Suggestive Findings

Spinocerebellar ataxia type 2 (SCA2) should be suspected in individuals with the following:

  • Slowly progressive ataxia and dysarthria
  • Nystagmus and slow saccadic eye movements
  • Family history consistent with autosomal dominant inheritance

Establishing the Diagnosis

The diagnosis of SCA2 is established in a proband with a heterozygous pathogenic variant in ATXN2 (see Table 1). The clinical features of SCA2 do not allow diagnosis with certainty; thus, diagnosis depends on molecular genetic testing.

Allele sizes

  • Alleles not causing SCA2. Alleles with 31 or fewer CAG repeats
  • Alleles of uncertain clinical significance. Alleles with 32 repeats are uncommon; correlation with clinical findings and family history may be helpful.
  • Alleles predisposed to meiotic instability (longer normal alleles) have a CAG length-dependent increased instability [Almaguer-Mederos et al 2018]. Precise risk estimates based on large numbers of affected individuals from different ethnic groups are not available. In a small number of observations, presence of an uninterrupted (pure CAG) repeat structure increases risk of expansion and conversely, CAA interruptions appear to stabilize the repeat in transmissions.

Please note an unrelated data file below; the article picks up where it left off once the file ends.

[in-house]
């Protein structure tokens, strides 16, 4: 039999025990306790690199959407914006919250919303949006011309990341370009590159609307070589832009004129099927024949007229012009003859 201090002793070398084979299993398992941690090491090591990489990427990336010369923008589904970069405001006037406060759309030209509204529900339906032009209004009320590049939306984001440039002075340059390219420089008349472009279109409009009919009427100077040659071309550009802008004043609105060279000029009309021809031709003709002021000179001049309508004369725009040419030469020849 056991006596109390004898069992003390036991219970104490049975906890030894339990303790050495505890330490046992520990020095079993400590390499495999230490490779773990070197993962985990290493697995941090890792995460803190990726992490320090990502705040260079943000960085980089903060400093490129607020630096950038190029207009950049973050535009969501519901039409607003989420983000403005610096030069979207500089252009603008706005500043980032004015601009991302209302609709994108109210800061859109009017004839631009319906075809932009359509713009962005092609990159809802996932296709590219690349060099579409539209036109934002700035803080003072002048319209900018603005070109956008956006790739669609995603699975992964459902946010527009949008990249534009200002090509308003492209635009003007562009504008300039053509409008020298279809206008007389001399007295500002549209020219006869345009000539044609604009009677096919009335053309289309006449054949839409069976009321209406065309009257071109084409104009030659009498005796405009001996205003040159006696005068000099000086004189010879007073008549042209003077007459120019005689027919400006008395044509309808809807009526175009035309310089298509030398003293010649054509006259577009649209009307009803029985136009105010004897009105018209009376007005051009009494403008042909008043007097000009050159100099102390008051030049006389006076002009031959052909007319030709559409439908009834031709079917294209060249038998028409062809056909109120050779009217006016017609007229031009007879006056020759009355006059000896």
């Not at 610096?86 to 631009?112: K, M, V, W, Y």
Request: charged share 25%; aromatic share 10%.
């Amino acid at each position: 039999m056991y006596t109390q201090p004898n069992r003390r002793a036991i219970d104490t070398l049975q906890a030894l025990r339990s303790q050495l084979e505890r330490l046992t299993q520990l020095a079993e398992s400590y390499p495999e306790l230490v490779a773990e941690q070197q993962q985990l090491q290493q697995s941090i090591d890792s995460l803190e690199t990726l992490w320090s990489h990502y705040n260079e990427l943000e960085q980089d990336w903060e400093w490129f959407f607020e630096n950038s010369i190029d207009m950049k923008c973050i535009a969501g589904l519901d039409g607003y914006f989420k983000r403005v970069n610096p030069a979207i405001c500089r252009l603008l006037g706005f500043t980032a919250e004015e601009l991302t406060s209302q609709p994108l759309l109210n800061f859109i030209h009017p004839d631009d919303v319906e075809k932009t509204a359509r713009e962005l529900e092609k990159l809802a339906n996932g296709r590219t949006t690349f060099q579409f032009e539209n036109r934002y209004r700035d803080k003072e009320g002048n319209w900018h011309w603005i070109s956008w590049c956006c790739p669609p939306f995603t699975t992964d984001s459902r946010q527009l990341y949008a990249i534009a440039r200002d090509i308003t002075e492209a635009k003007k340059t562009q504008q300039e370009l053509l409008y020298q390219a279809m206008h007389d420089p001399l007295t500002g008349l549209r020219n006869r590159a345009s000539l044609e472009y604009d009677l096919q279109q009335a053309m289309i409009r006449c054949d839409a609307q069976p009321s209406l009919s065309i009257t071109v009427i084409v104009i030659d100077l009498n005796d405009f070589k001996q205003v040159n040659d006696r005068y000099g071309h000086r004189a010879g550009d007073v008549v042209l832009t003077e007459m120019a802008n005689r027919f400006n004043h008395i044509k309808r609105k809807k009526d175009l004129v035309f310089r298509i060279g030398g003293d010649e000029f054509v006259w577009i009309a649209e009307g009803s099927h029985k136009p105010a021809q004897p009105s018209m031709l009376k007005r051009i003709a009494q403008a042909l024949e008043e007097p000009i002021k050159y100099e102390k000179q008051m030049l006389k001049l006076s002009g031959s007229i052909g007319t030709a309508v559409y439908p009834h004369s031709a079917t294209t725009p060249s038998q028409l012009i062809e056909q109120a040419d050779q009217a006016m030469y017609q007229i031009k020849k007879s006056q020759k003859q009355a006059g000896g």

• Amyotrophic lateral sclerosis-risk alleles. Alleles with 30, 31, or 32 repeats [Neuenschwander et al 2014]
  • Recessive SCA2-causing alleles. Homozygous 31/31 repeat alleles [Tojima et al 2018]
  • Dominant SCA2-causing alleles. Alleles with 33 or more CAG repeats (see Note) [Pulst et al 1996, Charles et al 2007]. Persons who have an SCA2-causing allele are considered at risk of developing SCA2 in their lifetime. SCA2-causing alleles are further classified as follows: